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Richard Ben-Veniste’s book The Emperor’s New Clothes: Exposing the Truth from Watergate to 9/11 is a unique look at the political coverups that have engulfed Washington and the country. I find his approach to understanding the facts of highly publicized events to be a lesson in approaching internal reporting.
Ben-Veniste proves in The Emperor’s New Clothes that time will not and cannot alter Washington’s presidential change of power and the implications when tragic mistakes lead to institutional change.
It is clear to Ben-Veniste that established, solid governance can actually alter the accepted, institutional approaches in seeking important answers to events that bring organizations to the edge of collapse.
Clearly lessons from Watergate still ring true today. Since The Emperor’s New Clothes was published in 2009 Ben-Veniste‘s experiences as a commissioner on the 9/11 Commission have been given time to understand his successful, seasoned approach in dealing with the Nixon Administration and the conflict over Archibald Cox and the Saturday Night Massacre provide lessons in dealing with Condoleezza Rice and Attorney Generals (John Ashcroft and Alberto Gonzales) under W. Bush regarding executive privilege, another throwback position to Nixon and his defense of the White House taping system.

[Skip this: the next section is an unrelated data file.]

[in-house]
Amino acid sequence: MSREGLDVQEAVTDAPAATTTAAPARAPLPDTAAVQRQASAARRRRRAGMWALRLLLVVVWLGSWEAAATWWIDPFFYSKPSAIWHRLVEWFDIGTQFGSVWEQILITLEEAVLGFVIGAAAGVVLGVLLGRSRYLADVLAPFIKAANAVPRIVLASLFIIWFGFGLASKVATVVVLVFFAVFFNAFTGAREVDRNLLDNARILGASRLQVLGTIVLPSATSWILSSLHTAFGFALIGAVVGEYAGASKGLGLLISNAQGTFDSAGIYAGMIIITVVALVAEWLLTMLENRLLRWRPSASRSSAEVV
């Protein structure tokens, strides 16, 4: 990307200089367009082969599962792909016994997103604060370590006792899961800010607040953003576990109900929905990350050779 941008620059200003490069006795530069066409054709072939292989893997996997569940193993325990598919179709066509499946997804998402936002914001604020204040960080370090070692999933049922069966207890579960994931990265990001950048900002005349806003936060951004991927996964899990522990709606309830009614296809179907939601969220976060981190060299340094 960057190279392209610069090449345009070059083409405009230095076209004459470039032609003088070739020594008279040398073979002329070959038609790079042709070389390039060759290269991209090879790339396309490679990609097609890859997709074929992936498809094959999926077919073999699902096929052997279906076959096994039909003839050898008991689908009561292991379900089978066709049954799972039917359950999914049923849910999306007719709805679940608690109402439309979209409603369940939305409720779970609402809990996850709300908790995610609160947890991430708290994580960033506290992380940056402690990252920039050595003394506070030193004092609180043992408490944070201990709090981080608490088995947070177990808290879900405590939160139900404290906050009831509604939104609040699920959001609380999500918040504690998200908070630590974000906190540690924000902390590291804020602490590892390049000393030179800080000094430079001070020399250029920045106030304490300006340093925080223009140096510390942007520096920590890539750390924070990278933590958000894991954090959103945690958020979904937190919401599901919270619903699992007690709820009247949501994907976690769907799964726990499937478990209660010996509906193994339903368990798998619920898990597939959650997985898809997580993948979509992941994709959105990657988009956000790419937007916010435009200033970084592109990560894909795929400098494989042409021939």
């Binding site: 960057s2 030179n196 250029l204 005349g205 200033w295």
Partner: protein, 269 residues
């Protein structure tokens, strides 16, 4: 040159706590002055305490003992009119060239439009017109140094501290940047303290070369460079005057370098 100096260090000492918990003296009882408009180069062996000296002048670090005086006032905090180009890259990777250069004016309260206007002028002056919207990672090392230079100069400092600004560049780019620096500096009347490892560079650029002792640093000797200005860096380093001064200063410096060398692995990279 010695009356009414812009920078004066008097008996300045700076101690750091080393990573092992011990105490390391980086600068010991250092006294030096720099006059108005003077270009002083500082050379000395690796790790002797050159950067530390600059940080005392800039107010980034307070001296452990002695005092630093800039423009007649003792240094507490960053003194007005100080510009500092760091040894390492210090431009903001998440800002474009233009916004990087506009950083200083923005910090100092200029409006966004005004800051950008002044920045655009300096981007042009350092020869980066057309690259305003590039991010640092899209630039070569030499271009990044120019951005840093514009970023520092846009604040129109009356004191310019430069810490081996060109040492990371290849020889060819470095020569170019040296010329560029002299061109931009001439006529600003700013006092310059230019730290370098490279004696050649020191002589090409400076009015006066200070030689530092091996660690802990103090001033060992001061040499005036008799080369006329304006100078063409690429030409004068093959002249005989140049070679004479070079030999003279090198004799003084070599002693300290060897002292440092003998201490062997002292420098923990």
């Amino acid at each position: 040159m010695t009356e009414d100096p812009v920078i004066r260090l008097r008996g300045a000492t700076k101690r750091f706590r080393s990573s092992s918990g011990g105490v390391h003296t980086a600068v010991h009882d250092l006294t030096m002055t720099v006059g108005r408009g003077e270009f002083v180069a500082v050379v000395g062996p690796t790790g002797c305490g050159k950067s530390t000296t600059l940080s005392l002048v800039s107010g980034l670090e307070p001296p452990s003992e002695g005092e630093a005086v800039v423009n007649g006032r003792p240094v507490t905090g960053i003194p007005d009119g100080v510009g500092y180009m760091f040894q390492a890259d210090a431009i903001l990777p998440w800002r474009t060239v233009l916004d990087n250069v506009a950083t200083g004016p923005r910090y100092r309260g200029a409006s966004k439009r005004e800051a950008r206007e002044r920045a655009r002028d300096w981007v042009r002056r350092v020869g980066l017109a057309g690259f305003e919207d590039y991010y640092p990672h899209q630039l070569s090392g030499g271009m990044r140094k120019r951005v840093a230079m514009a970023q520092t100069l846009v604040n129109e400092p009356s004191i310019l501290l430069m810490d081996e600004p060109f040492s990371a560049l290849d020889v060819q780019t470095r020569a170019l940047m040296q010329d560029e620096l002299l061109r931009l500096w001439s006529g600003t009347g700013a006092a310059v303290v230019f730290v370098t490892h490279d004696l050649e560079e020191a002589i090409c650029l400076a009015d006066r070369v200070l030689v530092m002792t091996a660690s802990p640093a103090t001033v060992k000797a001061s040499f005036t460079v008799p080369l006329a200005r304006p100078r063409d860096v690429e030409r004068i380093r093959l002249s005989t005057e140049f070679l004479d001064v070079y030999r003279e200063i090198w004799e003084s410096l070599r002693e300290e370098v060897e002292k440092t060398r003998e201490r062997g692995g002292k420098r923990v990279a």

It would not be pressing to understand how Ben-Veniste is an accomplished lawyer, Assistant US Attorney for the Southern District service from 1968 to 1973. And then from 1973-1975 serving as the lead prosecutor on the Watergate Task Force. He was also a presidential appointment to the US Nazi War Crimes and Japanese Imperial Government Records Interagency Working Group in 2000.
The Valley of Death: The Tragedy at Dien Bien Phu That Led America into the Vietnam War by Ted Morgan is a simply stunning read. This book proves to be a perfect follow up to the CIA’s Archimedes Patti revealing Why Vietnam? Prelude to America’s Albatross and Bernard Fall’s excellent Hell In A Very Small Place: The Siege Of Dien Bien Phu.
This review below includes a series of powerful quotes from the 700+ pages that should turn your stomach as French leaders permitted men to die just to save face for their failing empire. It is truly stunning across this book to see a morally bankrupt France fight to re-colonize Indochina.